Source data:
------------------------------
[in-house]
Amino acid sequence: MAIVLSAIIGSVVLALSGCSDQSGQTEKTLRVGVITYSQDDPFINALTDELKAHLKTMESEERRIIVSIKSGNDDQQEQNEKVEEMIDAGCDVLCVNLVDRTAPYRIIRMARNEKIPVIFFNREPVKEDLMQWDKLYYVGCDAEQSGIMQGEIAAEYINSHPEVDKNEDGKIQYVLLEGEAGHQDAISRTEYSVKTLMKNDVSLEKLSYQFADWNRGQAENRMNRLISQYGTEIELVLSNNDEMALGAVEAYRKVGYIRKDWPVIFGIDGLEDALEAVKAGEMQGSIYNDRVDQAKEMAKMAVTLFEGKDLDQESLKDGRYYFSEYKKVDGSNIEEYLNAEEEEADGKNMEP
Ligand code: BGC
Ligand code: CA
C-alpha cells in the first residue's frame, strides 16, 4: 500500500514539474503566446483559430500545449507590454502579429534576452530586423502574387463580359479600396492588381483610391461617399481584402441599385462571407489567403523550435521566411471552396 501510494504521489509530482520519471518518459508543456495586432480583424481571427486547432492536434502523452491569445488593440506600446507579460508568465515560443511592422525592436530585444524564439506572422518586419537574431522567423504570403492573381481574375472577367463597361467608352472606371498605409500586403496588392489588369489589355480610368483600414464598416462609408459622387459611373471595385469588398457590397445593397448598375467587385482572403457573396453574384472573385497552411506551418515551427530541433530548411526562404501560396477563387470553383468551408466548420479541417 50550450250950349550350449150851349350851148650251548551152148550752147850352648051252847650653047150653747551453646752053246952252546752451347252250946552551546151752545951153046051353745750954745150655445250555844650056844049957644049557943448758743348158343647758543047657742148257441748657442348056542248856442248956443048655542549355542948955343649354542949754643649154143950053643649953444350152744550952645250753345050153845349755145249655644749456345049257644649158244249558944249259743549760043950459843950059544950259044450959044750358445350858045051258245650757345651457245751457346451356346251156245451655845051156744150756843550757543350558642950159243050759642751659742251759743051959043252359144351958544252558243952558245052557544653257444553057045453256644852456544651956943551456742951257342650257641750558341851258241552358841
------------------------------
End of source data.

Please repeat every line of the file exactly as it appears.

[in-house]
Amino acid sequence: MAIVLSAIIGSVVLALSGCSDQSGQTEKTLRVGVITYSQDDPFINALTDELKAHLKTMESEERRIIVSIKSGNDDQQEQNEKVEEMIDAGCDVLCVNLVDRTAPYRIIRMARNEKIPVIFFNREPVKEDLMQWDKLYYVGCDAEQSGIMQGEIAAEYINSHPEVDKNEDGKIQYVLLEGEAGHQDAISRTEYSVKTLMKNDVSLEKLSYQFADWNRGQAENRMNRLISQYGTEIELVLSNNDEMALGAVEAYRKVGYIRKDWPVIFGIDGLEDALEAVKAGEMQGSIYNDRVDQAKEMAKMAVTLFEGKDLDQESLKDGRYYFSEYKKVDGSNIEEYLNAEEEEADGKNMEP
Ligand code: BGC
Ligand code: CA
C-alpha cells in the first residue's frame, strides 16, 4: 500500500514539474503566446483559430500545449507590454502579429534576452530586423502574387463580359479600396492588381483610391461617399481584402441599385462571407489567403523550435521566411471552396 501510494504521489509530482520519471518518459508543456495586432480583424481571427486547432492536434502523452491569445488593440506600446507579460508568465515560443511592422525592436530585444524564439506572422518586419537574431522567423504570403492573381481574375472577367463597361467608352472606371498605409500586403496588392489588369489589355480610368483600414464598416462609408459622387459611373471595385469588398457590397445593397448598375467587385482572403457573396453574384472573385497552411506551418515551427530541433530548411526562404501560396477563387470553383468551408466548420479541417 50550450250950349550350449150851349350851148650251548551152148550752147850352648051252847650653047150653747551453646752053246952252546752451347252250946552551546151752545951153046051353745750954745150655445250555844650056844049957644049557943448758743348158343647758543047657742148257441748657442348056542248856442248956443048655542549355542948955343649354542949754643649154143950053643649953444350152744550952645250753345050153845349755145249655644749456345049257644649158244249558944249259743549760043950459843950059544950259044450959044750358445350858045051258245650757345651457245751457346451356346251156245451655845051156744150756843550757543350558642950159243050759642751659742251759743051959043252359144351958544252558243952558245052557544653257444553057045453256644852456544651956943551456742951257342650257641750558341851258241552358841